Driving tests

What is the grey fleet?

The grey fleet consists of vehicles that do not belong to and are not leased by the company, but they are used for business travel. It consists of:

  • Vehicles privately owned by staff
  • Vehicles on novated leases (where the company leases it on your behalf and pays for it on pre-tax salary deductions)
  • Vehicles privately rented or borrowed.

Drive in any city or large town any time between 9am and 5pm and you’ll see many cars with no signwriting that are driven by people doing some kind of business. Some of these will be company cars, but many will be grey fleet cars.

Many companies allow a staff member to take an allowance for a car rather than use a company car. However, if the vehicles are being used for work purposes, they still fall under the Health and Safety at Work Act 2015 guidelines that a vehicle is a place of work, therefore the PCBU (person conducting a business or undertaking) has a responsibility for the vehicle. They must ensure that drivers of grey fleet vehicles are qualified to drive them, and that the vehicles themselves are roadworthy and legally allowed to be on the road.

There’s a grey area with grey fleet vehicles, too. Let’s say that your employee drives to the airport in their own car to take a flight for business, or they go to a one-day seminar and take their car, they are no longer commuting to and from work, and it could be argued they are using the vehicle for work. Don’t get caught out in these scenarios.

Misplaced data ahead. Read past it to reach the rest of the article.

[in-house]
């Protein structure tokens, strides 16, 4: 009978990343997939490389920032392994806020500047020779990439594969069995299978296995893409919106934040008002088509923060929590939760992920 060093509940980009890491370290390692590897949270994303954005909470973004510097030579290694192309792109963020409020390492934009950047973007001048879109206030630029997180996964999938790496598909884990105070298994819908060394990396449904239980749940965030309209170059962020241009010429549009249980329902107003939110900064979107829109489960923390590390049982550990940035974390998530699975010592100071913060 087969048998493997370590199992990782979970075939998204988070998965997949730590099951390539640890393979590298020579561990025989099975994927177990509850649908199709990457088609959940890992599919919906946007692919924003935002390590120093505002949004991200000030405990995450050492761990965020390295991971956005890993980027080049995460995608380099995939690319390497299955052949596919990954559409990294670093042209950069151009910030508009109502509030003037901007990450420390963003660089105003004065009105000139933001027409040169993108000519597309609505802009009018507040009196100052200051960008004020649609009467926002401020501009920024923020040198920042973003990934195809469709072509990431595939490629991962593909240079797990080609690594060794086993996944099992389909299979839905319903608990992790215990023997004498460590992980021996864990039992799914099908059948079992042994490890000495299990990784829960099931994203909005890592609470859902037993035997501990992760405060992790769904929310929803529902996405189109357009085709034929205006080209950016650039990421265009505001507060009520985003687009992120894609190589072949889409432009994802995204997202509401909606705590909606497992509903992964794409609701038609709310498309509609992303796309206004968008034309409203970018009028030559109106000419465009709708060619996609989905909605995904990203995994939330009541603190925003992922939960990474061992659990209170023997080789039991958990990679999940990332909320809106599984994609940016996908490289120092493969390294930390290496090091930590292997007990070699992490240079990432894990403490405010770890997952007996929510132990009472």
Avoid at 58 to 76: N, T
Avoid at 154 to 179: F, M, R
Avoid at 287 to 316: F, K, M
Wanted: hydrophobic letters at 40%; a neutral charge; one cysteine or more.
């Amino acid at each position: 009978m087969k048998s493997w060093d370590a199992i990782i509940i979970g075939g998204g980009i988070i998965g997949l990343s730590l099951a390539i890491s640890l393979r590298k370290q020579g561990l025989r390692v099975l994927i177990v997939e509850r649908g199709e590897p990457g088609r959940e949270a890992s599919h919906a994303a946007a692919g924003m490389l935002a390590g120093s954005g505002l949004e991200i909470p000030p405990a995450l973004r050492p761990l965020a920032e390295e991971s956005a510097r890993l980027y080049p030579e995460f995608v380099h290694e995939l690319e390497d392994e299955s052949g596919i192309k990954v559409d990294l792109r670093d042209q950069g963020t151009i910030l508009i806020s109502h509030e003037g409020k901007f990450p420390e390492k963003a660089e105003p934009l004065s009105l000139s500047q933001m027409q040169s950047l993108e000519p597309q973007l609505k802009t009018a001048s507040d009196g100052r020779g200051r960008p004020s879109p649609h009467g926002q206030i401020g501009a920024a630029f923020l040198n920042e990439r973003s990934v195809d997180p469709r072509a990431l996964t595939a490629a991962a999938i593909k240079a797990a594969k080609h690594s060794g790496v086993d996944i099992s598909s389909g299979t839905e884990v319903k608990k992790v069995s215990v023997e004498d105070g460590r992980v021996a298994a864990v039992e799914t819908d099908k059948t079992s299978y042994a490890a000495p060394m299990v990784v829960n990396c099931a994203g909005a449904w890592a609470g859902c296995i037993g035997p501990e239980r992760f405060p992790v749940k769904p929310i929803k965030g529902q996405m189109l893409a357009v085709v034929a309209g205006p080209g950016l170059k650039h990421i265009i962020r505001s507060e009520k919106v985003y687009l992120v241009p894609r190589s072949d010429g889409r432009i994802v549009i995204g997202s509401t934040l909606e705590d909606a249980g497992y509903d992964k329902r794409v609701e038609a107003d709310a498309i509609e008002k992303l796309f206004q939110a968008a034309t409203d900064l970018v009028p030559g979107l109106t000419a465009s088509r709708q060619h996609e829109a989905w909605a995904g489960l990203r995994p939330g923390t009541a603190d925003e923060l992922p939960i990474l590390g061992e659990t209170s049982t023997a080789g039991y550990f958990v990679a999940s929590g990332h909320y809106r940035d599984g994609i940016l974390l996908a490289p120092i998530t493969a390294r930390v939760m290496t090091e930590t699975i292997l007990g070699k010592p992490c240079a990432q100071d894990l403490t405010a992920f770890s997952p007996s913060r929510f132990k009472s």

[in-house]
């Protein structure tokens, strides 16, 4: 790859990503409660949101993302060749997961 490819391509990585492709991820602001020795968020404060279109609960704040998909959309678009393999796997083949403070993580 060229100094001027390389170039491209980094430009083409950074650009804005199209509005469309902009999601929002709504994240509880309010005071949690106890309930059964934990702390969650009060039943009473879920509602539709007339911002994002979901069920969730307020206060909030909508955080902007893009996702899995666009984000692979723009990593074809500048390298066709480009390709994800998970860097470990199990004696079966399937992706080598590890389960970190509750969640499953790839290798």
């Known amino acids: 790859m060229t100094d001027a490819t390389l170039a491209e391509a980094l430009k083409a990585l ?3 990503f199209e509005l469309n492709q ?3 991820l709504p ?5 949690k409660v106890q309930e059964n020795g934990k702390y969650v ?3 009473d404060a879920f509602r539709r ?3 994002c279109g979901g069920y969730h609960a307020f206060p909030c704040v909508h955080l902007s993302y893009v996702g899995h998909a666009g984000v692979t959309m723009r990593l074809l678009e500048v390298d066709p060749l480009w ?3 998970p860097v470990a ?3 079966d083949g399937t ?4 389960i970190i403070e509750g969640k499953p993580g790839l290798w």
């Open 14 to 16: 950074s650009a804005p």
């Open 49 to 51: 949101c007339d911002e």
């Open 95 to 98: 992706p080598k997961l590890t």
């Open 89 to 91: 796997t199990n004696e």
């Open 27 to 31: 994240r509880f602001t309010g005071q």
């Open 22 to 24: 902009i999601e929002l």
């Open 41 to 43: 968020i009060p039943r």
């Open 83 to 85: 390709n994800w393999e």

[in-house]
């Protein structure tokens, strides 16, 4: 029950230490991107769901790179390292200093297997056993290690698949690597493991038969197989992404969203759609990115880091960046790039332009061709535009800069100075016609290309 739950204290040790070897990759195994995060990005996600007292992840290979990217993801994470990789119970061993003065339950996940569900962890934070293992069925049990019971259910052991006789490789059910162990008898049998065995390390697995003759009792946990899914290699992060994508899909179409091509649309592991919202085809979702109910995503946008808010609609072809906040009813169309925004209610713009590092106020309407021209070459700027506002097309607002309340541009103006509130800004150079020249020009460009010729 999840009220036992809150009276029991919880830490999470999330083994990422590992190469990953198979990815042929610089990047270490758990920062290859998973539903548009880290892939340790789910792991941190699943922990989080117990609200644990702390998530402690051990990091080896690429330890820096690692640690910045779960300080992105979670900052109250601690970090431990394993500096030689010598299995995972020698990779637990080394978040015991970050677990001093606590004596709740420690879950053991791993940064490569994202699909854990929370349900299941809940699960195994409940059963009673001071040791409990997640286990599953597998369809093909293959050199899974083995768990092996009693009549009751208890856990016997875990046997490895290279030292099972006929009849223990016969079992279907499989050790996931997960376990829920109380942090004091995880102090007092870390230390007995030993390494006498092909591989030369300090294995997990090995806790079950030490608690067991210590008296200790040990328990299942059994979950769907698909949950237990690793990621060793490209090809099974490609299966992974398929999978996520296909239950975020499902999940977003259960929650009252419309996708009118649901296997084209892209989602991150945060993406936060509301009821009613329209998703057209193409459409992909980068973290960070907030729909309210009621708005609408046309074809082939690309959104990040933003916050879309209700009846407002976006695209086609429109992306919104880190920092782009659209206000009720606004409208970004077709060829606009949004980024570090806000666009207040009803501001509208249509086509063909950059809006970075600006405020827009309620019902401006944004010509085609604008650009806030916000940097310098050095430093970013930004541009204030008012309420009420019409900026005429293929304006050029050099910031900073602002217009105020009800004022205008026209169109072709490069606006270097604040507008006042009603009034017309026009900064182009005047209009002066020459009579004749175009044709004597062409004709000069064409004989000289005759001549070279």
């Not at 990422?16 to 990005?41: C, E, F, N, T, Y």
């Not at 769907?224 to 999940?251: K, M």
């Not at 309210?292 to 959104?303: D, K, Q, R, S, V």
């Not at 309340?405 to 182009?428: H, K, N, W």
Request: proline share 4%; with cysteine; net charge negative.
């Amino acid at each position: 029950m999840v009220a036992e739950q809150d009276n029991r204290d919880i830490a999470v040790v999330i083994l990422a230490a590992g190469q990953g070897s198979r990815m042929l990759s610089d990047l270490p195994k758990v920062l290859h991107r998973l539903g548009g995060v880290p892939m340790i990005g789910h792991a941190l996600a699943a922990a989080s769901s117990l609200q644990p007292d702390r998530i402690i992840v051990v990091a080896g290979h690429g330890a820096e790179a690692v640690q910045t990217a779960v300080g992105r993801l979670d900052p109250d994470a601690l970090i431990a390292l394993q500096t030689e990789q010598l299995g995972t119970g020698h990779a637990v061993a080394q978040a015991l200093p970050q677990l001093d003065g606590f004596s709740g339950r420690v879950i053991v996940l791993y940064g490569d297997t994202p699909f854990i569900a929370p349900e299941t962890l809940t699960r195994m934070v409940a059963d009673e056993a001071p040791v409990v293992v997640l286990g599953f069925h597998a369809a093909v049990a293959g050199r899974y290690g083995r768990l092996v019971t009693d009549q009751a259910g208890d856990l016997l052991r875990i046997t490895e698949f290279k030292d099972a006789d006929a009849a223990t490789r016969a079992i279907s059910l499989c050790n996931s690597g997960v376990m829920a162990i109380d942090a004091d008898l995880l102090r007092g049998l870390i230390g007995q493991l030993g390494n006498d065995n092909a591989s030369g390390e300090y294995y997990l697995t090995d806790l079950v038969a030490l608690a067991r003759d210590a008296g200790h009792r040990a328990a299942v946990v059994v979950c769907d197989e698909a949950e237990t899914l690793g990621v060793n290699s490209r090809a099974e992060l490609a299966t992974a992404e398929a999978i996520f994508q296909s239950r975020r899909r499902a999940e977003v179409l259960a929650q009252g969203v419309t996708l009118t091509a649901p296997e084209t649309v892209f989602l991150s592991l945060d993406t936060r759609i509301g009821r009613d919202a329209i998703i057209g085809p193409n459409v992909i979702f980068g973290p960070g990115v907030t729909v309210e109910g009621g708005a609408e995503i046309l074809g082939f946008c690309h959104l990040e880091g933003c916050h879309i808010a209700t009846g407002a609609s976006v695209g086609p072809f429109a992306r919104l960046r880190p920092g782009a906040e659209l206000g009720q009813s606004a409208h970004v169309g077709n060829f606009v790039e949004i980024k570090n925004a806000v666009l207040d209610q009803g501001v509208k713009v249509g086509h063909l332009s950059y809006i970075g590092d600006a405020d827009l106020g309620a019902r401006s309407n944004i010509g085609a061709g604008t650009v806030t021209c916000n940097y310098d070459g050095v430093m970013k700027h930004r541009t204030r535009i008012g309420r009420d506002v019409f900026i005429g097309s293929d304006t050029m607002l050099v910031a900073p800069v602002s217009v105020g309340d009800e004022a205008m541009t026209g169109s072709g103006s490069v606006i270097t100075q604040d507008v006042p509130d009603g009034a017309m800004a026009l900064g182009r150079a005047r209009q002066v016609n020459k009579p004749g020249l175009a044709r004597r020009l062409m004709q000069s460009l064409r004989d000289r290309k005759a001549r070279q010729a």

Disadvantages of operating grey fleet vehicles

  • Vehicle fleet management becomes more difficult with the grey fleet, unless a particular vehicle is used very frequently, because it could be impractical for a company to keep a track of the vehicle.
  • The employees might fall outside of the insurance policy that the company holds for driving while at work; the driver’s own insurance policy might not include driving for work, only to and from work.
  • The company many need to offer employees in the grey fleet the same benefits and features as an employee with a company vehicle.
  • It’s hard for the business to know whether servicing and tyre maintenance has been completed.
  • The vehicle’s suitability for the job it’s being used for is also an issue.
  • The average age of a car in New Zealand is around 14 years, which means many won’t have electronic stability control, ABS and other safety features.
  • Do grey fleet vehicles that are older and perhaps untidy convey the best image for your company?

If you are running vehicles in a grey fleet, it’s important that you talk to your insurance company, and that you put your drivers through training, e.g. the Fleet Driver Training Plan.

Note: this article does not constitute legal advice. You should definitely talk to your lawyer and/or health and safety consultant establish a course of action.

driver training

Darren is a member of the Institute of Advanced Motorists and the NZ Motoring Writers' Guild

Posted in Advice, Fleet
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